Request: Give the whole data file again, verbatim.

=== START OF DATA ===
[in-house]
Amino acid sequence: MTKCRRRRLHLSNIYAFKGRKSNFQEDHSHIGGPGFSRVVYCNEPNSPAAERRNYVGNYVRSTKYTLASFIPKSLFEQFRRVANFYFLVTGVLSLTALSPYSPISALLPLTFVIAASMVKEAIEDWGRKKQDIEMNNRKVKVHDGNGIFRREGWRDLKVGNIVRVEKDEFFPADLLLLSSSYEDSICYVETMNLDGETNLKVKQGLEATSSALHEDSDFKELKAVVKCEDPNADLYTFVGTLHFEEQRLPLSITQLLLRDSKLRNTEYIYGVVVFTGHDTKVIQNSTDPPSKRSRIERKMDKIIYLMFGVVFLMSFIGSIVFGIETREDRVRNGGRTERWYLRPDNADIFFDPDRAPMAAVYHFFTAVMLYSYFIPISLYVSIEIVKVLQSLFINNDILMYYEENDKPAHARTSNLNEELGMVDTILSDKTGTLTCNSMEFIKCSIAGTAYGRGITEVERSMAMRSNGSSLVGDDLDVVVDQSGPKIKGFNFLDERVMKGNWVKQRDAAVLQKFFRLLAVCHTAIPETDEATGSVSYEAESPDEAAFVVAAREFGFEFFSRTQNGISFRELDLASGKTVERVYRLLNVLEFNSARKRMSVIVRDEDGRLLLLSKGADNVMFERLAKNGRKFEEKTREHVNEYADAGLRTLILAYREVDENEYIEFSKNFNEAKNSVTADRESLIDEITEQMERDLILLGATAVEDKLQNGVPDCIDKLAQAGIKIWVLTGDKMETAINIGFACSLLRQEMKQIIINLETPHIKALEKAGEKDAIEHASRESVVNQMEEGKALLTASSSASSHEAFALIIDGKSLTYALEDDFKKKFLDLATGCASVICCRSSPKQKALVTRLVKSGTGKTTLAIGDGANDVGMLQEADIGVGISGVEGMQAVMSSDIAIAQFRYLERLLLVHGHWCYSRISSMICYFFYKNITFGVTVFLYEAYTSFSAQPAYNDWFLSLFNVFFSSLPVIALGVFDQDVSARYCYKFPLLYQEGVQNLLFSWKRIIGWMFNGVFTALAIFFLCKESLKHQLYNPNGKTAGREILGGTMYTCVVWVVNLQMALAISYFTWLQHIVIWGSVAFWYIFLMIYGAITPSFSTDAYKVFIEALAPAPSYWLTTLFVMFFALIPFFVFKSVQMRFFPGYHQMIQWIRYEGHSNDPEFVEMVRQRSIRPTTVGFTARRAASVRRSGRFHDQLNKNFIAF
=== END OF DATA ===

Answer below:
[in-house]
Amino acid sequence: MTKCRRRRLHLSNIYAFKGRKSNFQEDHSHIGGPGFSRVVYCNEPNSPAAERRNYVGNYVRSTKYTLASFIPKSLFEQFRRVANFYFLVTGVLSLTALSPYSPISALLPLTFVIAASMVKEAIEDWGRKKQDIEMNNRKVKVHDGNGIFRREGWRDLKVGNIVRVEKDEFFPADLLLLSSSYEDSICYVETMNLDGETNLKVKQGLEATSSALHEDSDFKELKAVVKCEDPNADLYTFVGTLHFEEQRLPLSITQLLLRDSKLRNTEYIYGVVVFTGHDTKVIQNSTDPPSKRSRIERKMDKIIYLMFGVVFLMSFIGSIVFGIETREDRVRNGGRTERWYLRPDNADIFFDPDRAPMAAVYHFFTAVMLYSYFIPISLYVSIEIVKVLQSLFINNDILMYYEENDKPAHARTSNLNEELGMVDTILSDKTGTLTCNSMEFIKCSIAGTAYGRGITEVERSMAMRSNGSSLVGDDLDVVVDQSGPKIKGFNFLDERVMKGNWVKQRDAAVLQKFFRLLAVCHTAIPETDEATGSVSYEAESPDEAAFVVAAREFGFEFFSRTQNGISFRELDLASGKTVERVYRLLNVLEFNSARKRMSVIVRDEDGRLLLLSKGADNVMFERLAKNGRKFEEKTREHVNEYADAGLRTLILAYREVDENEYIEFSKNFNEAKNSVTADRESLIDEITEQMERDLILLGATAVEDKLQNGVPDCIDKLAQAGIKIWVLTGDKMETAINIGFACSLLRQEMKQIIINLETPHIKALEKAGEKDAIEHASRESVVNQMEEGKALLTASSSASSHEAFALIIDGKSLTYALEDDFKKKFLDLATGCASVICCRSSPKQKALVTRLVKSGTGKTTLAIGDGANDVGMLQEADIGVGISGVEGMQAVMSSDIAIAQFRYLERLLLVHGHWCYSRISSMICYFFYKNITFGVTVFLYEAYTSFSAQPAYNDWFLSLFNVFFSSLPVIALGVFDQDVSARYCYKFPLLYQEGVQNLLFSWKRIIGWMFNGVFTALAIFFLCKESLKHQLYNPNGKTAGREILGGTMYTCVVWVVNLQMALAISYFTWLQHIVIWGSVAFWYIFLMIYGAITPSFSTDAYKVFIEALAPAPSYWLTTLFVMFFALIPFFVFKSVQMRFFPGYHQMIQWIRYEGHSNDPEFVEMVRQRSIRPTTVGFTARRAASVRRSGRFHDQLNKNFIAF